Studies have not established the effect of spinach on breast cancer


Like beets and Swiss chard, spinach (Spinacia oleracea) belongs to the amaranth family. Spinach is a good dietary source of vitamin A, folate, and vitamin K, as well as iron, manganese and magnesium. Spinach contains various carotenoids such as beta-carotene and lutein, as well as a variety of lignans, chlorophylls, and glycolipids with suspected or demonstrated cancer fighting properties. Spinach has been shown to have anti-inflammatory, antioxidant, neuroprotective, and antimutagenic properties, and to protect the eyes from macular degeneration and cataracts. Spinach components have been shown to inhibit growth and proliferation of cervical cancer cells in the laboratory and carcinogen-induced colon cancer in mice. Dietary intake of spinach has been found to be associated with lower risks of head and neck, lung, gallbladder, stomach, liver, bladder, prostate and ovarian cancer in population studies.

Breast cancer-related effects of eating spinach

Carotenoids and glycolipids isolated from spinach have been demonstrated to cause dose-dependent growth inhibition in breast cancer cells. Several population studies have found that spinach consumption is associated with lower risk of breast cancer. Spinach consumption may help counteract the cancer-promoting effects of the heme iron in red meat.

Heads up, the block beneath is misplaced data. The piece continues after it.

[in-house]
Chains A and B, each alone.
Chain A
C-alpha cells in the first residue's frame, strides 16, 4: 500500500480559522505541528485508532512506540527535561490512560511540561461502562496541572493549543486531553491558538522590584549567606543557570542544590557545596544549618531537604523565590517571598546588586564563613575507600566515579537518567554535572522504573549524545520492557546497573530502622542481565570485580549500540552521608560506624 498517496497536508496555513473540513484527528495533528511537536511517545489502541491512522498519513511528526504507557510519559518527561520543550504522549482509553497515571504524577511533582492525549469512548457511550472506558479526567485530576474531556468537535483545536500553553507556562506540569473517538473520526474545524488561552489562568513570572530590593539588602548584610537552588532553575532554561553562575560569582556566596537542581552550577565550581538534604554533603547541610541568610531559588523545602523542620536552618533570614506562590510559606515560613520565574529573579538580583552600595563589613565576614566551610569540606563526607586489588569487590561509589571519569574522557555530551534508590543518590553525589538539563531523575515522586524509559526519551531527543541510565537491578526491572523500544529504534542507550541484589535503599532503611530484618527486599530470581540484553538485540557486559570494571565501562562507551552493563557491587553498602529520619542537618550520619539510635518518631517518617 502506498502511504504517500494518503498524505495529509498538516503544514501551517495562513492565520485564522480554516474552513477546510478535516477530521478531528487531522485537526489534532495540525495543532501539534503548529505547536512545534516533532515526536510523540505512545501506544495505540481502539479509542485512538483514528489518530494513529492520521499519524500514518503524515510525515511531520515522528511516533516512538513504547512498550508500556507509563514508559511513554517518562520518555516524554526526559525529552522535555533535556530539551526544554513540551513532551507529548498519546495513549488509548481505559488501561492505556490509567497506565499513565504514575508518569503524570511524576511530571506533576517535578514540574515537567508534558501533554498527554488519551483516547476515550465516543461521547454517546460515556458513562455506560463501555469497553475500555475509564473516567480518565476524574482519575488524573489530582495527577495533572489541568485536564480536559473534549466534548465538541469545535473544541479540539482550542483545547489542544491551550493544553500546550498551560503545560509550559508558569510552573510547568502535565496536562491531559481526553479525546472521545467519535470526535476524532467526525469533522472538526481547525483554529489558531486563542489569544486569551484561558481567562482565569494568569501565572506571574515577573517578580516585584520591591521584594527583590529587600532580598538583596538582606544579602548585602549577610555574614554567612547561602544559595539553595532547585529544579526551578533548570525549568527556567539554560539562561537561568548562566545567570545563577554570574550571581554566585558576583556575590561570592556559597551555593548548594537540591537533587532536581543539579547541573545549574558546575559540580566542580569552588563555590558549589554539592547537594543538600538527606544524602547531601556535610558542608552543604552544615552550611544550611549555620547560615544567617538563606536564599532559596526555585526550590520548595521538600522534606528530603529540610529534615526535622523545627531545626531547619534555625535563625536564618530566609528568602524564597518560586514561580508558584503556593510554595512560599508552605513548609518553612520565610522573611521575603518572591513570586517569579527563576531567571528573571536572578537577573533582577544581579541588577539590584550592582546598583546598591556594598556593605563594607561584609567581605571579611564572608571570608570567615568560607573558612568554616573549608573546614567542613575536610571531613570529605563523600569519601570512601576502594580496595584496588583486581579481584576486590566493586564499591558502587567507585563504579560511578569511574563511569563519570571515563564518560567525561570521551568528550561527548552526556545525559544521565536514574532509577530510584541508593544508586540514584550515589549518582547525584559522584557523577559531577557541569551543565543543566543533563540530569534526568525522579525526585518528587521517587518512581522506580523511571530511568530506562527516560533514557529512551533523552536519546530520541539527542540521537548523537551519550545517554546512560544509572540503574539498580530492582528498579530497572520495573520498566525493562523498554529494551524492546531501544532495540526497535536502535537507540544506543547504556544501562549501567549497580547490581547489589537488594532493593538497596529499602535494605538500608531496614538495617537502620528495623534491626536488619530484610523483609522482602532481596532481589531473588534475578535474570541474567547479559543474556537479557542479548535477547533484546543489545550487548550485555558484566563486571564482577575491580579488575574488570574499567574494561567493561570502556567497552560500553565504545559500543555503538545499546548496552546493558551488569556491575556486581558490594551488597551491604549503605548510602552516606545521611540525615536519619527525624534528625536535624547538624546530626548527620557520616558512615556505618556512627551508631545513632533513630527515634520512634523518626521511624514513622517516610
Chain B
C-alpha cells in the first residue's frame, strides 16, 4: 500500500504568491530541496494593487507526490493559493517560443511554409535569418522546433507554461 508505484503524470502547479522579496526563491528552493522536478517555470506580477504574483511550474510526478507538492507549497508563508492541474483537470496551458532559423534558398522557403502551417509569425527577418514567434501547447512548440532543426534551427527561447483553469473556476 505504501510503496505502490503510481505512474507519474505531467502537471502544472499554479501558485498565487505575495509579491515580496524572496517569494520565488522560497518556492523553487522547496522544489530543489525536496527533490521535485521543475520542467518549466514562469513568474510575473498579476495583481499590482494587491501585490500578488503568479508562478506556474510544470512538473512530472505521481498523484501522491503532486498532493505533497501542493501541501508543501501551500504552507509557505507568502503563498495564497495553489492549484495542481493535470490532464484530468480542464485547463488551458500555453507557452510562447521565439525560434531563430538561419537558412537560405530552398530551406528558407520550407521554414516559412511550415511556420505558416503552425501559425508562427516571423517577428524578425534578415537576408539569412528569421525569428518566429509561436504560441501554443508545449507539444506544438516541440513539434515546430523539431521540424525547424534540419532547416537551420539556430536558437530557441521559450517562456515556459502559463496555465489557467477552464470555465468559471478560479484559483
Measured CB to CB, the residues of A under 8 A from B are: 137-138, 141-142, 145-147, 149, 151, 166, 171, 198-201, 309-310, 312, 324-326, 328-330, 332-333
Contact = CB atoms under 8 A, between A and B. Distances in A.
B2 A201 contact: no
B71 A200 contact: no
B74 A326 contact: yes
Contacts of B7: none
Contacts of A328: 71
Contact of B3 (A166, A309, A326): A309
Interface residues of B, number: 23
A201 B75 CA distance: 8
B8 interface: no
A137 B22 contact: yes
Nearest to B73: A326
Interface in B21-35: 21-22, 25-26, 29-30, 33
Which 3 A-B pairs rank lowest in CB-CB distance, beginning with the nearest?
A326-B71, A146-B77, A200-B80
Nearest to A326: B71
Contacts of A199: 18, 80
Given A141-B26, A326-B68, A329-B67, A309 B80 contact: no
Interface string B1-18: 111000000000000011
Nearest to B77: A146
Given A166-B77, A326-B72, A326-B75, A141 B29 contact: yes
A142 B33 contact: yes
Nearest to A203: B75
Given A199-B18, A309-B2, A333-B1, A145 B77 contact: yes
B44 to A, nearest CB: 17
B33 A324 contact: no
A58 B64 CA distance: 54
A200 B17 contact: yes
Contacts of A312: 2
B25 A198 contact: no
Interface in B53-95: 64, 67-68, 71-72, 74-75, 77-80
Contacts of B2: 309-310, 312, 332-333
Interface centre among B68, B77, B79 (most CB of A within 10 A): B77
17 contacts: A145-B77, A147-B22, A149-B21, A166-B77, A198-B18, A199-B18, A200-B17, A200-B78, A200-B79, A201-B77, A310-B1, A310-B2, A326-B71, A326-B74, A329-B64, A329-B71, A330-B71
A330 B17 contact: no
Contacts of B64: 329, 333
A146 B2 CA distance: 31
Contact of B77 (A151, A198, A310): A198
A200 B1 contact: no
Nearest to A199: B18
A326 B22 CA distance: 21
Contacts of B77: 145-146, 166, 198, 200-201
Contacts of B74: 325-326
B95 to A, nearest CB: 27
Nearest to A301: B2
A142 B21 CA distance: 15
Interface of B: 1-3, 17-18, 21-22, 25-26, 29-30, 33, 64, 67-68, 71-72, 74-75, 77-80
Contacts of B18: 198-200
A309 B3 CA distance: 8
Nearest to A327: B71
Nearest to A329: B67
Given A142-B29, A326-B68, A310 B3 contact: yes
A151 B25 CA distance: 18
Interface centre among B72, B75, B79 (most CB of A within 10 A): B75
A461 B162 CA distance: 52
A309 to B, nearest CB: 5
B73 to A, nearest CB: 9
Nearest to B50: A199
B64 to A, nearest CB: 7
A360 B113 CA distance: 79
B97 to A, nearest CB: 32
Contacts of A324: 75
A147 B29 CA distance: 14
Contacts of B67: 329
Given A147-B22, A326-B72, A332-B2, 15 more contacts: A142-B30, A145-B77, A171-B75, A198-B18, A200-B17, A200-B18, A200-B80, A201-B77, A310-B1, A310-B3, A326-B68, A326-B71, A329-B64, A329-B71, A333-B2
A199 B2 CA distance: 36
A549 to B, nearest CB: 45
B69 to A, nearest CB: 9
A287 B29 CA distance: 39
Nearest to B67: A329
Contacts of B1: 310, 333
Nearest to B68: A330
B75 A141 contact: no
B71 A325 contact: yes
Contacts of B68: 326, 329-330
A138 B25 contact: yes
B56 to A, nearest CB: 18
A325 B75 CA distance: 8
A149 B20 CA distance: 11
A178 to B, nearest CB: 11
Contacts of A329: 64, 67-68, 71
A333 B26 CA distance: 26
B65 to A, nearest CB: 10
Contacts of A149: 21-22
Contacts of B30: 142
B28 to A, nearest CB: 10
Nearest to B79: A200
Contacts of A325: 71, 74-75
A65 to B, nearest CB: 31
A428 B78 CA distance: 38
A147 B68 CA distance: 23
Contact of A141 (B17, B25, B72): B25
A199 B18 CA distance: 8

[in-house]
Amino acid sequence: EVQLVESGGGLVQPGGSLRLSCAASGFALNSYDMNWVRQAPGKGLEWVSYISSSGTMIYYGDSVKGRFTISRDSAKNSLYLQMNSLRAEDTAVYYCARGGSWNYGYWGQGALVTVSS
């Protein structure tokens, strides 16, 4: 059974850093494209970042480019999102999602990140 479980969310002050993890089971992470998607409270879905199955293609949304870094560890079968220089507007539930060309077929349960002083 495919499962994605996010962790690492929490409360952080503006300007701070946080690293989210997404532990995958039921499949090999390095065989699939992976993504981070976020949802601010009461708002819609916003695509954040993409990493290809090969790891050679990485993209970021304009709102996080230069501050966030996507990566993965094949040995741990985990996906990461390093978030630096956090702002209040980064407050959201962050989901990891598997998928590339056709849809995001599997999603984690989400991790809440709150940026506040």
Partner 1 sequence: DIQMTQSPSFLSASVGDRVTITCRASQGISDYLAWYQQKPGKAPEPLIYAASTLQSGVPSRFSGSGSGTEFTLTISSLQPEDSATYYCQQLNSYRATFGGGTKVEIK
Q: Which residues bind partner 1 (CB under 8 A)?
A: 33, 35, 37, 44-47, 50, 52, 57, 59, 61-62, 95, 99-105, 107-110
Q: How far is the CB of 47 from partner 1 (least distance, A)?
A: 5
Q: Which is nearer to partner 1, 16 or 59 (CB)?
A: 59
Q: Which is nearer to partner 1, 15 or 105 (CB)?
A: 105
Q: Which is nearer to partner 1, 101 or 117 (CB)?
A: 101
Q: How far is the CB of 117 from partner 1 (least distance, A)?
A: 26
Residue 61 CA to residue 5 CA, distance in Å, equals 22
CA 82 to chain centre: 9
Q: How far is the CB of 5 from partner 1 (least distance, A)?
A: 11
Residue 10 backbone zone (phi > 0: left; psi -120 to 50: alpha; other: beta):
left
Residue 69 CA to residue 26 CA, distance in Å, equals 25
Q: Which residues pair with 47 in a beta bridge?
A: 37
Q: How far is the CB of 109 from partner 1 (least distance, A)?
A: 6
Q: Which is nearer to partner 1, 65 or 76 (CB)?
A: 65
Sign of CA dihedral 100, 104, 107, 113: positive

Additional comments

Baby spinach has higher flavonoid concentration than mature spinach. Red spinach (Amaranthus gangeticus) is a plant used in South Asian cooking that is closely related to common spinach. Based on the few studies that have been performed, red spinach appears to have anti-cancer activities similar to that of common spinach.

Spinach is an abundant source of oxalate, which interferes with calcium absorption. Therefore spinach should not be eaten at the same time as calcium-rich foods by breast cancer patients and others to whom calcium levels are important. Oxalate can also contribute to calcium oxalate kidney stones in susceptible individuals. Preliminary evidence indicates that breast cells may accumulate oxalate and that it could promote the transformation of breast cells from normal to cancer cells. Boiling reduces the oxalate content of spinach and increases iron availability.

Non-organic spinach must be washed very thoroughly to remove pesticide residue as much as possible.

Below are links to recent studies concerning this food. For a more complete list, including less recent studies, please click on spinach.

Tags: , , , , , , ,

Selected breast cancer studies

Breast cancer resources | Definitions | Selected supplements and vitamins | Privacy policy | Search | Tags | Disclaimer/about us | Make a donation | Sitemap